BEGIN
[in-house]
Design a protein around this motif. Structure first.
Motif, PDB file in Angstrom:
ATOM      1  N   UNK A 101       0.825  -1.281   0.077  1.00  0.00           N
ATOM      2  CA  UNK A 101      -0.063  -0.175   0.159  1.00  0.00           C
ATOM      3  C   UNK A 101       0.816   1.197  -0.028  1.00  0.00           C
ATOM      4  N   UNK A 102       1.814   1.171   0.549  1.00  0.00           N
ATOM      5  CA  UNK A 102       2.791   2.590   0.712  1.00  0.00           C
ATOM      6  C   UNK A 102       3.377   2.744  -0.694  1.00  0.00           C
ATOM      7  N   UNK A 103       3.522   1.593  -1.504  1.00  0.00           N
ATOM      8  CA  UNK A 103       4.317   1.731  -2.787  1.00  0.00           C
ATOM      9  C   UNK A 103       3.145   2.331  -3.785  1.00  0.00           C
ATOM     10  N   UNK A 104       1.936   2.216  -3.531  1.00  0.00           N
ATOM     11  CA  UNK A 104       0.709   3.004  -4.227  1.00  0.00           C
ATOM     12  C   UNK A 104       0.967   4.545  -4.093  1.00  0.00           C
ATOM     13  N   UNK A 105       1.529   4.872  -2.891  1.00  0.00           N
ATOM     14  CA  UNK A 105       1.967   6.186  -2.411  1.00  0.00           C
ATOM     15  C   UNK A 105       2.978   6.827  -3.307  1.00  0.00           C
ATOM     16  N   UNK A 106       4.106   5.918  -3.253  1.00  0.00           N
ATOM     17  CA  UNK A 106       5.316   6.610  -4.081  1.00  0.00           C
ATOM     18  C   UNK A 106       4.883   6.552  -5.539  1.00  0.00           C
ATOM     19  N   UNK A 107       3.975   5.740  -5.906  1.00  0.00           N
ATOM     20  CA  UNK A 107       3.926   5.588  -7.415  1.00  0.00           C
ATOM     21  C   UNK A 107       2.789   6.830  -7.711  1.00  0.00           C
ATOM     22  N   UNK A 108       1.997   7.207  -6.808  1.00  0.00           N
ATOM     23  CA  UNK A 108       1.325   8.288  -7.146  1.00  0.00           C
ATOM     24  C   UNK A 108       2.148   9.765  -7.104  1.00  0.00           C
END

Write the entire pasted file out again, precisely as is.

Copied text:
[in-house]
Design a protein around this motif. Structure first.
Motif, PDB file in Angstrom:
ATOM      1  N   UNK A 101       0.825  -1.281   0.077  1.00  0.00           N
ATOM      2  CA  UNK A 101      -0.063  -0.175   0.159  1.00  0.00           C
ATOM      3  C   UNK A 101       0.816   1.197  -0.028  1.00  0.00           C
ATOM      4  N   UNK A 102       1.814   1.171   0.549  1.00  0.00           N
ATOM      5  CA  UNK A 102       2.791   2.590   0.712  1.00  0.00           C
ATOM      6  C   UNK A 102       3.377   2.744  -0.694  1.00  0.00           C
ATOM      7  N   UNK A 103       3.522   1.593  -1.504  1.00  0.00           N
ATOM      8  CA  UNK A 103       4.317   1.731  -2.787  1.00  0.00           C
ATOM      9  C   UNK A 103       3.145   2.331  -3.785  1.00  0.00           C
ATOM     10  N   UNK A 104       1.936   2.216  -3.531  1.00  0.00           N
ATOM     11  CA  UNK A 104       0.709   3.004  -4.227  1.00  0.00           C
ATOM     12  C   UNK A 104       0.967   4.545  -4.093  1.00  0.00           C
ATOM     13  N   UNK A 105       1.529   4.872  -2.891  1.00  0.00           N
ATOM     14  CA  UNK A 105       1.967   6.186  -2.411  1.00  0.00           C
ATOM     15  C   UNK A 105       2.978   6.827  -3.307  1.00  0.00           C
ATOM     16  N   UNK A 106       4.106   5.918  -3.253  1.00  0.00           N
ATOM     17  CA  UNK A 106       5.316   6.610  -4.081  1.00  0.00           C
ATOM     18  C   UNK A 106       4.883   6.552  -5.539  1.00  0.00           C
ATOM     19  N   UNK A 107       3.975   5.740  -5.906  1.00  0.00           N
ATOM     20  CA  UNK A 107       3.926   5.588  -7.415  1.00  0.00           C
ATOM     21  C   UNK A 107       2.789   6.830  -7.711  1.00  0.00           C
ATOM     22  N   UNK A 108       1.997   7.207  -6.808  1.00  0.00           N
ATOM     23  CA  UNK A 108       1.325   8.288  -7.146  1.00  0.00           C
ATOM     24  C   UNK A 108       2.148   9.765  -7.104  1.00  0.00           C